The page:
Campaigners are calling for one of the most spectacular Viking hoards ever discovered in Scotland to have its home near where it was found in Dumfries and Galloway.
Launched last week, the Galloway Viking Hoard Campaign is backing Dumfries and Galloway Council’s proposals for the spectacular finds to have their permanent or regular home in a specially designed exhibition space at the new Kirkcudbright Art Gallery.
The campaign’s supporters are concerned that a rival bid by National Museums Scotland, which is seeking sole ownership, could see the collection disappear to Edinburgh and become just one small exhibit among thousands of others.
They point to the growing trend for significant archaeological and cultural items to be exhibited locally rather than in capital cities – boosting cultural tourism and enriching a region’s ability to celebrate its own distinctive history.
According to campaign chair, Cathy Agnew, the fact that 2017 is Scotland’s designated Year of History, Heritage and Archaeology makes it an ideal moment for bold, fresh thinking.“This is a time for Scotland to take the lead,” she explains. “The Galloway Viking Hoard is quite extraordinary and should have pride of place in a specially created exhibition space in the new Kirkcudbright Art Gallery.
“Remarkable finds have so often been whisked away from the communities where they were discovered only to become a small feature in a large national museum. This is a very old-fashioned approach and in 2017 we should be making sure that regions fully benefit from their cultural riches.
“Having a collection of this kind in Dumfries and Galloway would act as a powerful magnet to bring in visitors from all over the country and overseas, benefiting the local economy by encouraging them to spend time here visiting historic sites.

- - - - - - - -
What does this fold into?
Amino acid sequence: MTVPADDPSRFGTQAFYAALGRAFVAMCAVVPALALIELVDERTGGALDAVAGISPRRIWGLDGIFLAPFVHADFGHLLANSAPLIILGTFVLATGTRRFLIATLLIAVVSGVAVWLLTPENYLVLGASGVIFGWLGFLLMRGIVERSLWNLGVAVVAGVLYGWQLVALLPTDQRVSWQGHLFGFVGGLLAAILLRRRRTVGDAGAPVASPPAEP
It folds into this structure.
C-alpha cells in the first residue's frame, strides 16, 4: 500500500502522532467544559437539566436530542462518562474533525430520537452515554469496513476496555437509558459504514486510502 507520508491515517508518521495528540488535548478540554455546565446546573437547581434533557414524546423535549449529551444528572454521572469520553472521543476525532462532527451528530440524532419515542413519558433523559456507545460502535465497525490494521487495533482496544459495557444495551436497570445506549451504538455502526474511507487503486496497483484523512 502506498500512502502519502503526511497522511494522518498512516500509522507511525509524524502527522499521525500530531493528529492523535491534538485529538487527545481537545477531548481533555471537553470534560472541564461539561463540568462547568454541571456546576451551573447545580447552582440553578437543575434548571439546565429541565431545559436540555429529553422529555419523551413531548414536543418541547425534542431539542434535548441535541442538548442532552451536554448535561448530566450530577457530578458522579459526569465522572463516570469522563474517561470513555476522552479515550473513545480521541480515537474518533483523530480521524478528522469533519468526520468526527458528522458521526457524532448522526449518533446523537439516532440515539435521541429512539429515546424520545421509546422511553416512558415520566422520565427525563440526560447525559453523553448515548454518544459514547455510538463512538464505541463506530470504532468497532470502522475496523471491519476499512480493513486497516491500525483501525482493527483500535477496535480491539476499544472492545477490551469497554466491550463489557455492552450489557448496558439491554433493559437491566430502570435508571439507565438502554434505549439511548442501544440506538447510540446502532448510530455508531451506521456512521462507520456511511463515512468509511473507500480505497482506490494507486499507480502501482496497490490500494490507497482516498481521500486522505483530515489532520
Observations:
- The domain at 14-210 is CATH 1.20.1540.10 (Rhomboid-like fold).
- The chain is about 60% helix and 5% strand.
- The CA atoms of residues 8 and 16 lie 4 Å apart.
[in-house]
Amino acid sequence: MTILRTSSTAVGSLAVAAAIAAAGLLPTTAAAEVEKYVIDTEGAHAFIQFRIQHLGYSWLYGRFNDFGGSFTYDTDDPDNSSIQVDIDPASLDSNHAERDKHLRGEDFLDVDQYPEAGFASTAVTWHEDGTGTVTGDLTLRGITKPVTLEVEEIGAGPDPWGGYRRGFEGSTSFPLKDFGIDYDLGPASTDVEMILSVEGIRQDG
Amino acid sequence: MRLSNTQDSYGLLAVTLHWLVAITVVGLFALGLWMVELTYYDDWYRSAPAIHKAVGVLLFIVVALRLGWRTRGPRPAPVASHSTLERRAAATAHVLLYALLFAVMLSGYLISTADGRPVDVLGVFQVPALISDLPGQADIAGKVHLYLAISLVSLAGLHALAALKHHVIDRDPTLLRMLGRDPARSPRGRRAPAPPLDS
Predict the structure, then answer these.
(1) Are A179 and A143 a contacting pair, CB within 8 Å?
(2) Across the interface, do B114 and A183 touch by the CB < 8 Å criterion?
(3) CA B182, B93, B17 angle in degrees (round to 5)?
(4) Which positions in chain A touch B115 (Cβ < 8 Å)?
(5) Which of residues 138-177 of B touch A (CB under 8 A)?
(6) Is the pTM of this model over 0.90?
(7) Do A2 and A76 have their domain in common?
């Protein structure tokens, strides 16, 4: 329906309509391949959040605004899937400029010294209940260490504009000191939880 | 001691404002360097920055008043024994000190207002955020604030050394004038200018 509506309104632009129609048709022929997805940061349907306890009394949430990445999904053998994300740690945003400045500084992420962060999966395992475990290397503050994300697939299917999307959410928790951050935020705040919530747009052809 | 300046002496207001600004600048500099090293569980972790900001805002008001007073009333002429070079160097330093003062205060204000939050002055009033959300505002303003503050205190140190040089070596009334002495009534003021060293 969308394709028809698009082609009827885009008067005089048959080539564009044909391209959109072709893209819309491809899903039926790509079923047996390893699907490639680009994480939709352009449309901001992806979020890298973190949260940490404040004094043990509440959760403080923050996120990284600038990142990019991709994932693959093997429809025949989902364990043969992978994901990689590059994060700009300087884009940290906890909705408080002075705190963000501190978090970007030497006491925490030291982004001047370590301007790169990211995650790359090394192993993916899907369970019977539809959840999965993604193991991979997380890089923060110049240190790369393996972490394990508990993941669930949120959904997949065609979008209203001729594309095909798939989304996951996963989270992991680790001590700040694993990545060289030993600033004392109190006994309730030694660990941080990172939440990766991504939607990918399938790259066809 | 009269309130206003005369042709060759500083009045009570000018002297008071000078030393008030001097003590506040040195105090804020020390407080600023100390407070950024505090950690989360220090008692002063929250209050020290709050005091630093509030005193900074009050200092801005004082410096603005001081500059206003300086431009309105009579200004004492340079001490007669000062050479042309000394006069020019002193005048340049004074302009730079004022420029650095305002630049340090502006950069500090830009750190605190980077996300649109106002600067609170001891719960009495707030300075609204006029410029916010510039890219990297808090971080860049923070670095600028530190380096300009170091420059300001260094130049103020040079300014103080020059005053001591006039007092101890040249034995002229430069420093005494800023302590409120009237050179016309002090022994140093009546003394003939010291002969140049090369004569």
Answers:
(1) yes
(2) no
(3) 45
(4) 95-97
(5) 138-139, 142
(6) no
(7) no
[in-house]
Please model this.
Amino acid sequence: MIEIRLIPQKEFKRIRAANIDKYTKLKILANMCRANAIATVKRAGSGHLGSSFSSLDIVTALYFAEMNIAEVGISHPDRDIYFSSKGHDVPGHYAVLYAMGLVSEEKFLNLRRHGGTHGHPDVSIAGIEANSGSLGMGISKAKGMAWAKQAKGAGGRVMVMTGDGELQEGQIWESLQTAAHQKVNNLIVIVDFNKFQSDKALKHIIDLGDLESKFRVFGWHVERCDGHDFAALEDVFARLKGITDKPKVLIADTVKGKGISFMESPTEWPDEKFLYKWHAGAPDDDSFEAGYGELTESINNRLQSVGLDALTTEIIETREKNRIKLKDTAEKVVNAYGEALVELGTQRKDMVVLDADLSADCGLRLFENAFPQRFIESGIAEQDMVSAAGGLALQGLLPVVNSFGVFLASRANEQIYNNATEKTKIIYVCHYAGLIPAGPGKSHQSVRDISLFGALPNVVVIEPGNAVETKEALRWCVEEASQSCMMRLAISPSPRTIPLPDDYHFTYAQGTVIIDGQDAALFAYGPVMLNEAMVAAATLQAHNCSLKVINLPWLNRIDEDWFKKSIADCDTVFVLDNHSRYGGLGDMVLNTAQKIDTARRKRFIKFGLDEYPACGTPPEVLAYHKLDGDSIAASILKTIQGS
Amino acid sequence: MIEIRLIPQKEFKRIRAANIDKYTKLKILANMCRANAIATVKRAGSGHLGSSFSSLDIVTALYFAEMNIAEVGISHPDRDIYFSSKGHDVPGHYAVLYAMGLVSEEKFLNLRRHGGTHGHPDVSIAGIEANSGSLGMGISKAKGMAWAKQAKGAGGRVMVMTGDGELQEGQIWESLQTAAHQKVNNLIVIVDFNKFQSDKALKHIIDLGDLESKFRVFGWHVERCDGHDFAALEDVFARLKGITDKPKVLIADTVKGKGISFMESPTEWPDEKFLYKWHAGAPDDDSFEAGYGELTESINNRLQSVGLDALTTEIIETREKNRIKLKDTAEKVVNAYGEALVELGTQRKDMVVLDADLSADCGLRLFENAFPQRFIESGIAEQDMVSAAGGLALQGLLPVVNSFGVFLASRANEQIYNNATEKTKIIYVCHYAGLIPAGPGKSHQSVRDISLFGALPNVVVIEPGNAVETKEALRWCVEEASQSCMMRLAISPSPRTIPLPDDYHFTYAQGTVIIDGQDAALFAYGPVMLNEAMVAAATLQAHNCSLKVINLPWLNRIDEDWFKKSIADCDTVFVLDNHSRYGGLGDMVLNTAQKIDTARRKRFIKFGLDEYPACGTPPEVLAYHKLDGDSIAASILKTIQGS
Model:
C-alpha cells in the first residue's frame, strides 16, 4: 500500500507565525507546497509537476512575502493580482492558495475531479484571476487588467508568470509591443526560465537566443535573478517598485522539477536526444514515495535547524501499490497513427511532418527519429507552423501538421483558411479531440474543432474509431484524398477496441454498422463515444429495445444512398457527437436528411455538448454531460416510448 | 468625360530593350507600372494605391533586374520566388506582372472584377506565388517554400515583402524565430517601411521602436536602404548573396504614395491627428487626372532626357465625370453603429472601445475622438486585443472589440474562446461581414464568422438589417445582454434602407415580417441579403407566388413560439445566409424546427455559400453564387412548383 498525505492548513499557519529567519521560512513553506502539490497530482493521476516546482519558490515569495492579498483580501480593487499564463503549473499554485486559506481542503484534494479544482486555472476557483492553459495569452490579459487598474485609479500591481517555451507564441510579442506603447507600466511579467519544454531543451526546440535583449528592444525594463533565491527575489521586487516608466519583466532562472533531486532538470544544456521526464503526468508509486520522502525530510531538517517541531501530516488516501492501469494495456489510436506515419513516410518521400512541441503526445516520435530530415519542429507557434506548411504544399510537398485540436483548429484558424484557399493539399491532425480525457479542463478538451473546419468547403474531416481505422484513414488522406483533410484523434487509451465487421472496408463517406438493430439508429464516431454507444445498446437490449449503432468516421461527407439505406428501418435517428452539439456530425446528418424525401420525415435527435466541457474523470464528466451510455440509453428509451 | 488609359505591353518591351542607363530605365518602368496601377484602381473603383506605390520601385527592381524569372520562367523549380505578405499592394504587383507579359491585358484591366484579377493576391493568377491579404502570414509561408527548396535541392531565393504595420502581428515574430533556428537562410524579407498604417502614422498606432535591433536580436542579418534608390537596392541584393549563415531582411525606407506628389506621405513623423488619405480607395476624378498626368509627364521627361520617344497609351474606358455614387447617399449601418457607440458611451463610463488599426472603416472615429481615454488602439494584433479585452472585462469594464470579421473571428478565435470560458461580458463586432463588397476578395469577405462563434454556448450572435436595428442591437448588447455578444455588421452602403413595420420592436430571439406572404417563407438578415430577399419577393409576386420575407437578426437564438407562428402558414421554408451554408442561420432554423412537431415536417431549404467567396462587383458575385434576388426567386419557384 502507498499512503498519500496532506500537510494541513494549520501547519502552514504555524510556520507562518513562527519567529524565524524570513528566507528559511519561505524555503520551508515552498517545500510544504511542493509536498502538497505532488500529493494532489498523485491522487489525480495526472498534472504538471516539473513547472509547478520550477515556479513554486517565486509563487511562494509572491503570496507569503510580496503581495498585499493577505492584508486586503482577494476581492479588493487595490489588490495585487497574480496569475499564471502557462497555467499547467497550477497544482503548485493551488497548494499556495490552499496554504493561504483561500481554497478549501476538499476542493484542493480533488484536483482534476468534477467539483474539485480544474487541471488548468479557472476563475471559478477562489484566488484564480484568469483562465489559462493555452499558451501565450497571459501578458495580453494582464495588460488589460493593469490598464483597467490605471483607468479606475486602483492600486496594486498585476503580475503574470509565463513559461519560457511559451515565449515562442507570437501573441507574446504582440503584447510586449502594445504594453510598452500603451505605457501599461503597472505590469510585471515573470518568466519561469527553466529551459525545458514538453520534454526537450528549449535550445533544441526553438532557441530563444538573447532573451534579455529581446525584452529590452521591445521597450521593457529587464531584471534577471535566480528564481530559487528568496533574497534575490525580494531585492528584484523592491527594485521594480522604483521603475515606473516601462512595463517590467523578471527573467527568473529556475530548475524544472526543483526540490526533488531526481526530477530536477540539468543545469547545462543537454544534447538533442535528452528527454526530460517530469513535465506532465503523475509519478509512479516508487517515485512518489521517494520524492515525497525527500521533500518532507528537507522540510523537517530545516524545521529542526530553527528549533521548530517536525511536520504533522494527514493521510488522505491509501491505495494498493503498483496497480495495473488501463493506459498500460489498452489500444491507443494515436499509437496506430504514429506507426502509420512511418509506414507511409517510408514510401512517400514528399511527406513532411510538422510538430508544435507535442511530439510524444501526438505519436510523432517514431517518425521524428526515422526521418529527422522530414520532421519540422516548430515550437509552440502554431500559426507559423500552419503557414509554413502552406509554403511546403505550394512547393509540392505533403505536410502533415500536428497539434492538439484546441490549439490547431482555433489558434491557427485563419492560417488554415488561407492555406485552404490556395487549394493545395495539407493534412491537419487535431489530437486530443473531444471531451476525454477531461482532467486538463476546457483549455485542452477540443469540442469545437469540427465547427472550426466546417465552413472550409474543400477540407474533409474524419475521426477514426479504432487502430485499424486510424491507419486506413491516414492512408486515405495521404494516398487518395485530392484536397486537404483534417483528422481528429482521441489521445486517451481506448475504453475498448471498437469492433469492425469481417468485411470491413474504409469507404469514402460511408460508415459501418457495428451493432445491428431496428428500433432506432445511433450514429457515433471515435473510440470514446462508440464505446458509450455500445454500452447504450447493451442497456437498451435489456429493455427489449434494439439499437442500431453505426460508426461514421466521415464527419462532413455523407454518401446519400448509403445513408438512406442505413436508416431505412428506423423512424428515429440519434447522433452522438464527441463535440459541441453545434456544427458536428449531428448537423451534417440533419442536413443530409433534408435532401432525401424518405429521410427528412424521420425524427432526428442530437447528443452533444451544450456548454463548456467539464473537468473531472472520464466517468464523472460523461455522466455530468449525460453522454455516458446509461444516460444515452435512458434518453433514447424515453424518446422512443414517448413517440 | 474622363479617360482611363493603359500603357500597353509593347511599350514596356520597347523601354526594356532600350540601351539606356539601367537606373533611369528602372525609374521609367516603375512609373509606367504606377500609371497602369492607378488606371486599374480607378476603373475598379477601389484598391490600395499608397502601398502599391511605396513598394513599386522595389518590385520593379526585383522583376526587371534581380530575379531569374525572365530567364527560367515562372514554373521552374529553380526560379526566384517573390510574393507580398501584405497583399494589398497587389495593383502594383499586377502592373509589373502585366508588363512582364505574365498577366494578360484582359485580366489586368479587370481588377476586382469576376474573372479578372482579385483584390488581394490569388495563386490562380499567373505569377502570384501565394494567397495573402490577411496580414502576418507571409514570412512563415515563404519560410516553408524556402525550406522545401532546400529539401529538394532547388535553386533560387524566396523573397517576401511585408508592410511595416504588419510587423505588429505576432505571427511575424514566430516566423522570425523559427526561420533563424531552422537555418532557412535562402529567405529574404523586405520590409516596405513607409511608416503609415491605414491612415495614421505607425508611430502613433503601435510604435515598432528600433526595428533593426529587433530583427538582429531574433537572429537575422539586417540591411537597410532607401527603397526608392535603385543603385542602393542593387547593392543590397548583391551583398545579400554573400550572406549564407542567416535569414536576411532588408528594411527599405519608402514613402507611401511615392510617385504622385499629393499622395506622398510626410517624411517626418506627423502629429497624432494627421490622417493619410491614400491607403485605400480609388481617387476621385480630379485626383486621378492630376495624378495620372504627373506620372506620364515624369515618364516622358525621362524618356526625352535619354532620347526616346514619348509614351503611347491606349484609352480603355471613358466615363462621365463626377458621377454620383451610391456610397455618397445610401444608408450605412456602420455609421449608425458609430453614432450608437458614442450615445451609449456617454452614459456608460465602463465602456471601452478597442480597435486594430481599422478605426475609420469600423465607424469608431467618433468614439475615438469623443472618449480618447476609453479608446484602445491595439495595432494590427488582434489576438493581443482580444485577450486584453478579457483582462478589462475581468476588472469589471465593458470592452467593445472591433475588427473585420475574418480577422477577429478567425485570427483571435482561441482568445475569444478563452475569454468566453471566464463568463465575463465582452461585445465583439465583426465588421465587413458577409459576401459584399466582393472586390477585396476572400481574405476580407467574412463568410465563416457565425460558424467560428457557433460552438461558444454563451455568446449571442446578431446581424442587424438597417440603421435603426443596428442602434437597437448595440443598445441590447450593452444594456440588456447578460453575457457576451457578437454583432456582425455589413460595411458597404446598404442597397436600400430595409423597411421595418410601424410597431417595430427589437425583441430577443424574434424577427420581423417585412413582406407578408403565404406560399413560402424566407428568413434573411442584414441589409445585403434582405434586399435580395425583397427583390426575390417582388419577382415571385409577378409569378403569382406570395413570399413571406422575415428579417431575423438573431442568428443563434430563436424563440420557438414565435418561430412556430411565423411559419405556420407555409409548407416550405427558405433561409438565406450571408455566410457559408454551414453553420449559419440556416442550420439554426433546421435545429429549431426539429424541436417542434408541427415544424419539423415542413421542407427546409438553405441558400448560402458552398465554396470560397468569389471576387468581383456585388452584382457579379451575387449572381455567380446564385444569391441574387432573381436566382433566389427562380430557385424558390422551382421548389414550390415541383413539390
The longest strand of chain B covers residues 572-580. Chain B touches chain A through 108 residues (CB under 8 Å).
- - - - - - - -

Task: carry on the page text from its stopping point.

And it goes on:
David Devereux,vice chair of the Galloway Viking Hoard Campaign, added, “Some of the items in the hoard are of breathtaking beauty and could become icons for the region, spurring people across the world to discover more about its distinctive past – and the people, lives, cultures and kingdoms that existed before Scotland was born.”
The hoard was discovered at an undisclosed location in Galloway by a metal detectorist in 2014 and had been deliberately buried over 1,000 years ago.
It includes more than 100 gold and silver objects, some already old when they were hidden. Among them are a unique gold bird-shaped pin, an enamelled Christian cross, decorated Anglo-Saxon brooches, armbands and an engraved Carolingian silver vessel. The items come from across Europe – there are even fragments of Byzantine silk.
Campaign supporters have been urged to send letters of support ahead of two crucial meetings taking place in coming weeks. The first is a meeting of the Dumfries and Galloway Council Communities Committee on 7 March that will decide how best to take forward the council’s bid.
The second is a meeting of the Scottish Archaeological Finds Allocation Panel which is due to decide the hoard’s future on 23 March.
It is understood that National Museums Scotland has so far failed to provide any detail or guarantees about how much of the collection would ever be seen in Dumfries and Galloway, or even how often, if its bid succeeds.
If the hoard is given a home in Kirkcudbright, the Galloway Viking Hoard Campaign is keen to see agreements reached for it to be displayed at other times in the National Museums Scotland in Edinburgh and beyond.